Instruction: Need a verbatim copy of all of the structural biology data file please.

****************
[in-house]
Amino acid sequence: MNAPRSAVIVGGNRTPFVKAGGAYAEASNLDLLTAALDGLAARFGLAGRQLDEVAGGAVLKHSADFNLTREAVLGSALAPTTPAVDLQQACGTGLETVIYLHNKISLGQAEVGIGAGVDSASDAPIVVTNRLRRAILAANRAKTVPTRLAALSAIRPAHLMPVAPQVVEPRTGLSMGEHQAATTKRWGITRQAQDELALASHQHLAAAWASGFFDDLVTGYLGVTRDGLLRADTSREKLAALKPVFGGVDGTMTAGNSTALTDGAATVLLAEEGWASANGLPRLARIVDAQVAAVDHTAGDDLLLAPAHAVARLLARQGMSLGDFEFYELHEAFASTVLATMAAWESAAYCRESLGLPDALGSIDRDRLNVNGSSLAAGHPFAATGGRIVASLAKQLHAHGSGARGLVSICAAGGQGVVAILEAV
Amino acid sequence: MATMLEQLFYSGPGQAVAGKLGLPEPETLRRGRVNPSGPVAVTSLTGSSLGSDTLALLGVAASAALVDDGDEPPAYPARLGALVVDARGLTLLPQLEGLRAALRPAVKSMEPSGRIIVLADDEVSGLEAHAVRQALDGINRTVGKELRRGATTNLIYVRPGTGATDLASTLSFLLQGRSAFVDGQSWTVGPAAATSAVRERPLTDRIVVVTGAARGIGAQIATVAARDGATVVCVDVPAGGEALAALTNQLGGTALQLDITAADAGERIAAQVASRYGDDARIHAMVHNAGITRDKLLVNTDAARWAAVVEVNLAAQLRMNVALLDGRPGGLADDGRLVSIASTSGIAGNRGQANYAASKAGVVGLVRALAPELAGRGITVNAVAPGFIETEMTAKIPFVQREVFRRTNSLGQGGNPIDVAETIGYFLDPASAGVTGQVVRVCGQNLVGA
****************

[in-house]
Amino acid sequence: MNAPRSAVIVGGNRTPFVKAGGAYAEASNLDLLTAALDGLAARFGLAGRQLDEVAGGAVLKHSADFNLTREAVLGSALAPTTPAVDLQQACGTGLETVIYLHNKISLGQAEVGIGAGVDSASDAPIVVTNRLRRAILAANRAKTVPTRLAALSAIRPAHLMPVAPQVVEPRTGLSMGEHQAATTKRWGITRQAQDELALASHQHLAAAWASGFFDDLVTGYLGVTRDGLLRADTSREKLAALKPVFGGVDGTMTAGNSTALTDGAATVLLAEEGWASANGLPRLARIVDAQVAAVDHTAGDDLLLAPAHAVARLLARQGMSLGDFEFYELHEAFASTVLATMAAWESAAYCRESLGLPDALGSIDRDRLNVNGSSLAAGHPFAATGGRIVASLAKQLHAHGSGARGLVSICAAGGQGVVAILEAV
Amino acid sequence: MATMLEQLFYSGPGQAVAGKLGLPEPETLRRGRVNPSGPVAVTSLTGSSLGSDTLALLGVAASAALVDDGDEPPAYPARLGALVVDARGLTLLPQLEGLRAALRPAVKSMEPSGRIIVLADDEVSGLEAHAVRQALDGINRTVGKELRRGATTNLIYVRPGTGATDLASTLSFLLQGRSAFVDGQSWTVGPAAATSAVRERPLTDRIVVVTGAARGIGAQIATVAARDGATVVCVDVPAGGEALAALTNQLGGTALQLDITAADAGERIAAQVASRYGDDARIHAMVHNAGITRDKLLVNTDAARWAAVVEVNLAAQLRMNVALLDGRPGGLADDGRLVSIASTSGIAGNRGQANYAASKAGVVGLVRALAPELAGRGITVNAVAPGFIETEMTAKIPFVQREVFRRTNSLGQGGNPIDVAETIGYFLDPASAGVTGQVVRVCGQNLVGA